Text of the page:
A nonprofit publication of the Kentucky Center for Public Service Journalism

UnitedHealthcare Dental engaging providers and patients to reduce opioid painkiller prescriptions


By Mary Kuhlman
Public News Service

Oral health is a key component in fighting the opioid epidemic, and dental professionals and their patients in Kentucky are encouraged to take a more proactive role in prevention.

Dentists and oral surgeons write 12 percent of all opioid prescriptions. While often necessary to combat dental pain, opioids come with a high risk of misuse and addiction.

That’s why UnitedHealthcare Dental is focusing on reducing painkiller prescriptions and promoting proper use.

Dentists write nearly half of all opioid prescriptions for adolescents. (Photo from lira_n4/Twenty20.com, via PNS)

As chief dental officer for the company, Dr. Ted Wong stresses there are other alternatives to manage pain.

“Instead of Vicodin or Percocet, which are the typical opioids that are prescribed, recent studies have shown that a combination of Tylenol with Motrin are as effective if not more effective as opioids for dental pain and you don’t have the risk of the opioid addiction,” he points out.

Following recommendations from the Centers for Disease Control and Prevention (CDC), first-time opioid prescriptions written by UnitedHealthcare Dental health professionals will be limited to three days for people ages 19 and younger.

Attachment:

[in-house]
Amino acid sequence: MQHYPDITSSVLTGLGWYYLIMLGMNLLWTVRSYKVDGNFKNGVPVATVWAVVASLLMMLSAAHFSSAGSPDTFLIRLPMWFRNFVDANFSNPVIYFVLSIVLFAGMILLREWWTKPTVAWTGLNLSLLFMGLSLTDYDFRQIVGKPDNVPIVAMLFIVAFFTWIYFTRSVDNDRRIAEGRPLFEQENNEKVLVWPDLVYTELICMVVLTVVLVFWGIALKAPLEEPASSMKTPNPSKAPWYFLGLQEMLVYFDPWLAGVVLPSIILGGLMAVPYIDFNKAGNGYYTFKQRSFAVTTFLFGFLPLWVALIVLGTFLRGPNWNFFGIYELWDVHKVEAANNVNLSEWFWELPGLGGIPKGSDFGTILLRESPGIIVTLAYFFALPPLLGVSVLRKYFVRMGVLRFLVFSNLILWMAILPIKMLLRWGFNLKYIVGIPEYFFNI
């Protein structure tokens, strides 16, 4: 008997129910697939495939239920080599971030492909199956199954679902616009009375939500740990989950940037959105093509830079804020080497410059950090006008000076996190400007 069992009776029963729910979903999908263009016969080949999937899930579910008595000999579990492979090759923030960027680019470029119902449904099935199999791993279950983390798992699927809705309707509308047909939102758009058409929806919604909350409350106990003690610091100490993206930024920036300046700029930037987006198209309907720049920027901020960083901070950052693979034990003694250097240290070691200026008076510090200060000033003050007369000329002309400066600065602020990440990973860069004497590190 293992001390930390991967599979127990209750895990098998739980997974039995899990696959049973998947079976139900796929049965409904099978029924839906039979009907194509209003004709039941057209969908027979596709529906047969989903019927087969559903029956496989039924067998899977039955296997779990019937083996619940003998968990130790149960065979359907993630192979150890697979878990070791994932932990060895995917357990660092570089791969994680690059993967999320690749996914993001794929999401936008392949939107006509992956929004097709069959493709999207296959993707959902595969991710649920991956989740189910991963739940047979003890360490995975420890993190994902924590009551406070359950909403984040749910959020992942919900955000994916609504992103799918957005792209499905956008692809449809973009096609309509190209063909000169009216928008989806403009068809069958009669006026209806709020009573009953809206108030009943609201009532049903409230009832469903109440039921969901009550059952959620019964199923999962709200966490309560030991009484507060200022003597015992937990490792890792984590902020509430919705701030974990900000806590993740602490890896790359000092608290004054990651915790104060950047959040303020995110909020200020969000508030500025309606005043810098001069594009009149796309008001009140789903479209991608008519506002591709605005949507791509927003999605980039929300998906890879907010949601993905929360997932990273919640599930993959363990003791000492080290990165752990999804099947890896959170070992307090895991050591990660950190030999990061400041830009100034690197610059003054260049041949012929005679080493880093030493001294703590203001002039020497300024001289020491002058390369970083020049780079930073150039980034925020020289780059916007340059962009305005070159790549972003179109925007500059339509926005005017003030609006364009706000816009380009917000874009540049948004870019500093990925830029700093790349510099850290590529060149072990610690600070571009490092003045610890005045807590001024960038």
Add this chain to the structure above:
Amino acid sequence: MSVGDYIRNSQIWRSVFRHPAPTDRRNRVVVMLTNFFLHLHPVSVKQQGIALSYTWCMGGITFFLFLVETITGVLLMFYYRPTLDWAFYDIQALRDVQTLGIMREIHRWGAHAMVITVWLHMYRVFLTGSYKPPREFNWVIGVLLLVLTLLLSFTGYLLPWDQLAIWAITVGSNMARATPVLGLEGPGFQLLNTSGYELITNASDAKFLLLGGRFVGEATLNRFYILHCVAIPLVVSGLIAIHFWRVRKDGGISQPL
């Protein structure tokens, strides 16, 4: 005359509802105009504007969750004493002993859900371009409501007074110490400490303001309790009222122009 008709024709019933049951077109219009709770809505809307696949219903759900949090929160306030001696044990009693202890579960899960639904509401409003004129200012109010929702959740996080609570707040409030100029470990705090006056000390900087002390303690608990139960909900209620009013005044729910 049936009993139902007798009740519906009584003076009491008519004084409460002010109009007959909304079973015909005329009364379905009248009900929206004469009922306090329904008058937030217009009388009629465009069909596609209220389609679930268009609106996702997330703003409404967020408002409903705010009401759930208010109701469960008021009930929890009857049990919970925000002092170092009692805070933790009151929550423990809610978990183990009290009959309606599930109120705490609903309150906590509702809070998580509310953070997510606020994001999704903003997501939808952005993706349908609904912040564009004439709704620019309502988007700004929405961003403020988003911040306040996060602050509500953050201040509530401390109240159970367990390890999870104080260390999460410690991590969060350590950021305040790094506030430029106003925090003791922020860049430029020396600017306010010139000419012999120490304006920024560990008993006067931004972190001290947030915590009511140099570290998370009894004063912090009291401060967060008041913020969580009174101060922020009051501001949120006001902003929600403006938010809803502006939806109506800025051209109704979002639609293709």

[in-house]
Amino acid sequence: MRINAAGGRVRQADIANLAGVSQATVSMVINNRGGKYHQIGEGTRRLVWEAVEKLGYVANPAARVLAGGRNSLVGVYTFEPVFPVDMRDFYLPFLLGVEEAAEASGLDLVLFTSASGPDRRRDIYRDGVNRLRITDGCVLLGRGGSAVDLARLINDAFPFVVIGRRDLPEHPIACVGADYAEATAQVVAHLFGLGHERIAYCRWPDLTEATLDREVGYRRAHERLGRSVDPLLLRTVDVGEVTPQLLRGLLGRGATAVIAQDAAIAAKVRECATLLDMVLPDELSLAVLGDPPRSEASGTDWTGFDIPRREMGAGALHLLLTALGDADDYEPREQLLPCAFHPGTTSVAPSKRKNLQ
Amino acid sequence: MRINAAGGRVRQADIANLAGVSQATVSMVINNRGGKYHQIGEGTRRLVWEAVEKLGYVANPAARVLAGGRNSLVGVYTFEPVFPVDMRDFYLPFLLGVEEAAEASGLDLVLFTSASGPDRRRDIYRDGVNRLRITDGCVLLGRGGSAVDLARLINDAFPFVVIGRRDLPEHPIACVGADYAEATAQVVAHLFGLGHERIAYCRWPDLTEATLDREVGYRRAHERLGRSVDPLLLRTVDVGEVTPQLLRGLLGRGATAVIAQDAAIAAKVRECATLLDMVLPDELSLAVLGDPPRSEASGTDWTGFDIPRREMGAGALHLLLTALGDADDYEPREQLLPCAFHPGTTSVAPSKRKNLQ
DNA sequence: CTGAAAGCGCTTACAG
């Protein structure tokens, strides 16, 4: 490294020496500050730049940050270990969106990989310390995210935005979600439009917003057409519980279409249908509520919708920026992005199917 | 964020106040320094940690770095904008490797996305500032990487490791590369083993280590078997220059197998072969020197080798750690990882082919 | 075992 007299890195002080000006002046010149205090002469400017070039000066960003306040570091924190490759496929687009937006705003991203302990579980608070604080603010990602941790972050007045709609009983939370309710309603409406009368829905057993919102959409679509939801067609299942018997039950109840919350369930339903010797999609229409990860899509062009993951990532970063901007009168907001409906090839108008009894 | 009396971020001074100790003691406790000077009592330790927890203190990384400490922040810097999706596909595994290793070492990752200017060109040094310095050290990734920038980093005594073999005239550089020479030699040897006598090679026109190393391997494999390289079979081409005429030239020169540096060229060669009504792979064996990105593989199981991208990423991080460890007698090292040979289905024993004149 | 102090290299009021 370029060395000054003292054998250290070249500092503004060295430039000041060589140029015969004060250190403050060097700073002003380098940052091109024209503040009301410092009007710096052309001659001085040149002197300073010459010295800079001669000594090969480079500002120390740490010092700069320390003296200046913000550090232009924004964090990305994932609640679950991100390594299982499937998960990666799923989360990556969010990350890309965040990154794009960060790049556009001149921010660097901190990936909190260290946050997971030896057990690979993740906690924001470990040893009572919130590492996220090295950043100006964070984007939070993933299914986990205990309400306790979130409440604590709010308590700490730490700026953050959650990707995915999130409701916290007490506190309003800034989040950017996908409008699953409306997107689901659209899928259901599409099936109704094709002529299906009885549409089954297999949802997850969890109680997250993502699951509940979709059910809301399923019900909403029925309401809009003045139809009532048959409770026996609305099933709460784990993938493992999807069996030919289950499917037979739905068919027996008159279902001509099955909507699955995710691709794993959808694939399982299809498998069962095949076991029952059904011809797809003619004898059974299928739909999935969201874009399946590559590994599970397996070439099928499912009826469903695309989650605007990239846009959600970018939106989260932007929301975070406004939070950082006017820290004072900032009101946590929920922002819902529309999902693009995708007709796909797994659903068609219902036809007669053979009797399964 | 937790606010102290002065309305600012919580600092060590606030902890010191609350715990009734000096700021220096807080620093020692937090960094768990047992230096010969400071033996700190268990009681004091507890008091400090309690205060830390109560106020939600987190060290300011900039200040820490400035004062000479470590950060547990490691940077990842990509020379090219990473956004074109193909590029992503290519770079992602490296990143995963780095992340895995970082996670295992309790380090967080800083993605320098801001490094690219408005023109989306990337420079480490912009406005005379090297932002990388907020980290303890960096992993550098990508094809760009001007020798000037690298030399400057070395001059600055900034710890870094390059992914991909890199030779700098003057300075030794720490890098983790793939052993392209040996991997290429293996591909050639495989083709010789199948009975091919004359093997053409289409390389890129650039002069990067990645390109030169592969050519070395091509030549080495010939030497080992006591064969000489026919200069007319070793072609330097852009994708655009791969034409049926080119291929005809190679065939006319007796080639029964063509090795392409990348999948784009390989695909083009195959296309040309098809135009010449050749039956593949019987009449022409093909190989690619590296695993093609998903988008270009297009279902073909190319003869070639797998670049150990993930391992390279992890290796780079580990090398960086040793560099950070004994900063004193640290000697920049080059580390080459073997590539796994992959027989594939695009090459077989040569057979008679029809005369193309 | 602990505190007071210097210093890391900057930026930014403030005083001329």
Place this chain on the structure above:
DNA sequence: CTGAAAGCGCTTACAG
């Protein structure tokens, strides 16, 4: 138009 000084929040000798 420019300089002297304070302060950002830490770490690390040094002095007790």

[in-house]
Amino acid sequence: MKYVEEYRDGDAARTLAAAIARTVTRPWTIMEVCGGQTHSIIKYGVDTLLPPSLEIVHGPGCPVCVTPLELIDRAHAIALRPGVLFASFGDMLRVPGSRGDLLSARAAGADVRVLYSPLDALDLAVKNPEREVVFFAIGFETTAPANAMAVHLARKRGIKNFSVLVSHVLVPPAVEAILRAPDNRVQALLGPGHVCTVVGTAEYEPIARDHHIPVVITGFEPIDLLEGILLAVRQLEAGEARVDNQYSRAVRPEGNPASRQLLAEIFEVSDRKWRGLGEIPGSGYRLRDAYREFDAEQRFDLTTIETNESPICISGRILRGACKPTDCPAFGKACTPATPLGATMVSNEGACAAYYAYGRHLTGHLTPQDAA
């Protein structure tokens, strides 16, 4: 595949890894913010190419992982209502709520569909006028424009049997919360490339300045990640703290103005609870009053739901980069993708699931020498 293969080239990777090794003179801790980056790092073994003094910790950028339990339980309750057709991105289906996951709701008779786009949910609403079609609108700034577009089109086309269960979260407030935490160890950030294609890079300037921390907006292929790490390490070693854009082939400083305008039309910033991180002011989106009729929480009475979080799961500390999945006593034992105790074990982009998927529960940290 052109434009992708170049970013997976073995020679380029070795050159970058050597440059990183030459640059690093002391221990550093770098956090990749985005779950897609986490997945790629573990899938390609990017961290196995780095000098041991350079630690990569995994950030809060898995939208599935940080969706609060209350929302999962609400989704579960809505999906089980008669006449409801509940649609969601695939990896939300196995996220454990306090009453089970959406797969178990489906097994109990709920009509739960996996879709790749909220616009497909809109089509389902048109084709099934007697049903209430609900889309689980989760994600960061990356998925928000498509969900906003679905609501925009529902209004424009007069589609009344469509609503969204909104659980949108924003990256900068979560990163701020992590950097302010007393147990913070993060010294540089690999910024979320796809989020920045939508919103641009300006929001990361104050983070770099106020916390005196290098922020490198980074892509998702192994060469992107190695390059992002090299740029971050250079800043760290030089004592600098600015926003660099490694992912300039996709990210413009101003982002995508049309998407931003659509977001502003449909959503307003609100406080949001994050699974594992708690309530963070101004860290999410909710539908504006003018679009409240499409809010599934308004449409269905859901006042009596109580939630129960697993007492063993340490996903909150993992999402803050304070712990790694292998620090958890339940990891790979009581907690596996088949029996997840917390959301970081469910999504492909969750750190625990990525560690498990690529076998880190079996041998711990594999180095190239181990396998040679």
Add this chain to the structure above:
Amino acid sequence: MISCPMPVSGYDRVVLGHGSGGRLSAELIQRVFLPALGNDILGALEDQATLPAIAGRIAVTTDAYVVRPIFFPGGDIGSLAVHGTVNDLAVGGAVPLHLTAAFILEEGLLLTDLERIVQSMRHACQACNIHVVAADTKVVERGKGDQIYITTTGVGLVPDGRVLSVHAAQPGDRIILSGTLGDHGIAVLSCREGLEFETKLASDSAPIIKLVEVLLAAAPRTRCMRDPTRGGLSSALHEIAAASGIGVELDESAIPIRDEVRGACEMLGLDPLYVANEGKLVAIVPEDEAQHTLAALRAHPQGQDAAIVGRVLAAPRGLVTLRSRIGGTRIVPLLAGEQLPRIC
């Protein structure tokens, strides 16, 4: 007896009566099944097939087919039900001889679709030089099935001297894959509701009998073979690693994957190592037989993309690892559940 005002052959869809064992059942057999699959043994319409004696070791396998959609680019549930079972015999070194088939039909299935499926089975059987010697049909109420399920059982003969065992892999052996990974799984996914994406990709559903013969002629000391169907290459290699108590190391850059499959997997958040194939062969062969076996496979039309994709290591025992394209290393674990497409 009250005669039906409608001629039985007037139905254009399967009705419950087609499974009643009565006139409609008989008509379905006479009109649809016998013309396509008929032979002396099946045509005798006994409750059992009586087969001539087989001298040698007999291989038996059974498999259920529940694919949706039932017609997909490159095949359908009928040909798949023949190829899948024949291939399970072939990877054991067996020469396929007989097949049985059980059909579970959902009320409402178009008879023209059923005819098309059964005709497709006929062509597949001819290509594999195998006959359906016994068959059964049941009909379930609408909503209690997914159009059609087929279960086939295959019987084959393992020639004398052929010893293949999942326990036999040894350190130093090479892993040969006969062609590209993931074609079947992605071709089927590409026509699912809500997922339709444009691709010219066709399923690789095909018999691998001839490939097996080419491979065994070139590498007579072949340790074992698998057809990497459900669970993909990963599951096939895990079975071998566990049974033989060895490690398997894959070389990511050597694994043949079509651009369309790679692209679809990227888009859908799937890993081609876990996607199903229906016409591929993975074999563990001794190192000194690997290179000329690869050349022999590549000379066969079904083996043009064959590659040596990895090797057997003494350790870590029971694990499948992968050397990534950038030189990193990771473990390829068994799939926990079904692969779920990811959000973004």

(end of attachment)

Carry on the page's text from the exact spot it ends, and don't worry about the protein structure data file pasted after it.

More than 130 Americans die each day from opioid overdoses, and nearly half are estimated to be related to prescription opioids.

Dentists write nearly half of all opioid prescriptions for adolescents, and about two-in-three patients ages 16 to 22 are prescribed an opioid following a wisdom tooth extraction.

Wong says patients will be provided information about the risks of opioids.

“For this age group, teenagers and young adults, they’re more susceptible to the addictive effects of opioids because their brains are still maturing,” he explains. “And that’s also the age group where there’s higher risk of misuse or abuse of opioid drugs. ”

Wong encourages all dental patients to take charge of their health by speaking in-depth with their dental provider about the safest treatment options for pain.

“And then be safe,” he urges. “If you are prescribed an opioid, handle them appropriately, keep them out of the hands of kids, keep them locked up when not in use and dispose of any unused pills appropriately. ”

About half of opioid pain pills prescribed for dental pain go unused. In Kentucky, there were nearly 1,000 opioid-related overdose deaths in 2016.


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